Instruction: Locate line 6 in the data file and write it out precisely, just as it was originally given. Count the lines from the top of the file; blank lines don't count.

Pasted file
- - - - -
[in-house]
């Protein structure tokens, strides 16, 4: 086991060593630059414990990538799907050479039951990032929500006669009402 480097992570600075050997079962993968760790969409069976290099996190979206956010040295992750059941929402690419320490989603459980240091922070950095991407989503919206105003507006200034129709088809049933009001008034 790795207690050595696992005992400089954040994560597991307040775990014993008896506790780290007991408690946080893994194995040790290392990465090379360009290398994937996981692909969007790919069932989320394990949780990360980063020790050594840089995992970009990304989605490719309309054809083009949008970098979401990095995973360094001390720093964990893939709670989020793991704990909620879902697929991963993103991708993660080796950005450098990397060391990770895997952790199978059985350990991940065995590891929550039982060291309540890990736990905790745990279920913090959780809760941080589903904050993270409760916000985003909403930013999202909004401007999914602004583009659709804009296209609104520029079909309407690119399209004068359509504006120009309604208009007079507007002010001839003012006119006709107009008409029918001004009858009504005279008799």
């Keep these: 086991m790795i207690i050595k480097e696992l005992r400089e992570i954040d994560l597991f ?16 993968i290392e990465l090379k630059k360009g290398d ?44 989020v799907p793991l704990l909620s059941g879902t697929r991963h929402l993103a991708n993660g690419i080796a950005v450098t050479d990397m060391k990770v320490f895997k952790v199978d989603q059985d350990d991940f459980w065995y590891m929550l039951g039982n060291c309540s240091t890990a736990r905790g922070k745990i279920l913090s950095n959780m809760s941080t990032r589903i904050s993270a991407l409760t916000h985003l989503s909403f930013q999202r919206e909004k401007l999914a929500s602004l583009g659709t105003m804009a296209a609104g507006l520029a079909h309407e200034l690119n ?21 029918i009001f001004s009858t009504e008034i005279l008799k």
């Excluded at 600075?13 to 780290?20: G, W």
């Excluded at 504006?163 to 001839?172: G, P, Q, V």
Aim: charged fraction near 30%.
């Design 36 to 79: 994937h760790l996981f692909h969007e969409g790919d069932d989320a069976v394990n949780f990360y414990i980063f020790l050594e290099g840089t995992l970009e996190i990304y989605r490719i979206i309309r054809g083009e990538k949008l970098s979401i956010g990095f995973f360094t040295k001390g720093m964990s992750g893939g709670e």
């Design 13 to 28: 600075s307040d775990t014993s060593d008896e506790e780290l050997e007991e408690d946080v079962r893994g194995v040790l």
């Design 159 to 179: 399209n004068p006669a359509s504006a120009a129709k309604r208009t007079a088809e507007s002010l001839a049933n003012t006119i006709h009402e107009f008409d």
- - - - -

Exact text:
Aim: charged fraction near 30%.